To determine ICER, set the intervention’s cost in the numerator position. Then subtract typical costs without intervention. In the denominator position, set the value of the intervention. Then, subtract the typical values.
Your equation should look like this:
(750-400)/(12-5) = 350/7 = 50
Your ICER indicates each additional Very Satisfied customer costs you $50.
Once you have ICER, you can determine whether the expenditure is worthwhile.
Do Very Satisfied customers have a customer lifetime value (CLV) of at least $50 more than unsatisfied customers? Then the intervention is worth it. If not, you’ll need a less costly intervention.
Return on Investment (ROI)
ROI shows you to what extent your investment in your marketing strategies has paid off. To calculate ROI, add up the net profit (or losses) generated during the campaign. Then, total all expenses inherent to your campaign.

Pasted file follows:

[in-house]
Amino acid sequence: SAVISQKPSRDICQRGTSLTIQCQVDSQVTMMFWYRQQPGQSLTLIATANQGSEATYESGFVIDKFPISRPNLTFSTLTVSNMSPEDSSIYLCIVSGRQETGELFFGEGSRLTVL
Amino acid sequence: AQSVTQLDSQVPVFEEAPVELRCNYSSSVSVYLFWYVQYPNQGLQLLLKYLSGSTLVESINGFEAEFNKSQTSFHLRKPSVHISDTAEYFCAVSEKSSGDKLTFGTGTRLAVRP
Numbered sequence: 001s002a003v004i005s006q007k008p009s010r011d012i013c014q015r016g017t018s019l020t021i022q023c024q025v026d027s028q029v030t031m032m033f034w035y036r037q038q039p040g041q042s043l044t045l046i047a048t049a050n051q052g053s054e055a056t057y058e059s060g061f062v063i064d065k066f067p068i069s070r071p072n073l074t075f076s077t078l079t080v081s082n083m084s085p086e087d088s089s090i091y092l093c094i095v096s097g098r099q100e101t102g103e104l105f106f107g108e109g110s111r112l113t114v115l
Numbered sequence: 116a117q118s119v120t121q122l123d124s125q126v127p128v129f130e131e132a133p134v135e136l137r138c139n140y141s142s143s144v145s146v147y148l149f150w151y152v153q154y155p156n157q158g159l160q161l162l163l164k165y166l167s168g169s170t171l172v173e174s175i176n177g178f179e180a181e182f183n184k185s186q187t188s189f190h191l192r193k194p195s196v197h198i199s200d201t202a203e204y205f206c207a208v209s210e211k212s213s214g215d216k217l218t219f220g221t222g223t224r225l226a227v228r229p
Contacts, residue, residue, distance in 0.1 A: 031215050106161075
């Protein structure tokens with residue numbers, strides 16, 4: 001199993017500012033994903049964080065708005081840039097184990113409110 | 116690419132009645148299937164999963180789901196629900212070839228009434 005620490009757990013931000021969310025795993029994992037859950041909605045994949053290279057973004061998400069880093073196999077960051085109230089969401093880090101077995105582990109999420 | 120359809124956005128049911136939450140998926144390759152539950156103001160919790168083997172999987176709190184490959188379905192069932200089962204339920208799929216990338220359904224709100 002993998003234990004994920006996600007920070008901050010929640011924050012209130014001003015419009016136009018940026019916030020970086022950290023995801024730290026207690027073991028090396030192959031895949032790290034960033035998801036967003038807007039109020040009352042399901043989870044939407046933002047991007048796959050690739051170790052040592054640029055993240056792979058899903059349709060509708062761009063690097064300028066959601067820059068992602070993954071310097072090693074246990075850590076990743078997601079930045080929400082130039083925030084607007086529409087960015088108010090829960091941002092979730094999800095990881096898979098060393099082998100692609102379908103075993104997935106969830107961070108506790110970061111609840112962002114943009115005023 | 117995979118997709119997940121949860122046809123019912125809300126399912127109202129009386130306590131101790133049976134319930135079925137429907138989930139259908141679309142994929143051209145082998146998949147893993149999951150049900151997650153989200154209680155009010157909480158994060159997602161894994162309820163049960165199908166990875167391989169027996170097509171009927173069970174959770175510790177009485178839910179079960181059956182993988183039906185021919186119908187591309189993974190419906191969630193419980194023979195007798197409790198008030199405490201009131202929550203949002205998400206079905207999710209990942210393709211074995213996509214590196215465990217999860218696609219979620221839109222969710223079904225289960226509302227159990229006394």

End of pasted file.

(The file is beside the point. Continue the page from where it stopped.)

Take the total profit, then divide it by the sum of your expenses. This is a good, big-picture metric.
Return on Ad Spend (ROAS)
ROAS is similar to ROI, but its focus is more specific. Instead of dividing your net profit by the total campaign cost, you only divide it by the costs spent on ads.
This can distinguish differences between the value you’re getting from ads directly, and the value of other campaign costs.
2. Clarify Your Goals
What are your business goals with this PPC campaign? To clarify your goals, use the acronym “S.M.A.R.T.” Make your goals specific, measurable, actionable, realistic, and time-bound.
One way to get specific in your campaign goals is to audit your audience segments and your brand’s digital footprint.
Your digital footprint is made up of your online channels. All brands have six potential channels they can optimize to initiate and sustain marketing efforts. Your strategic channels are: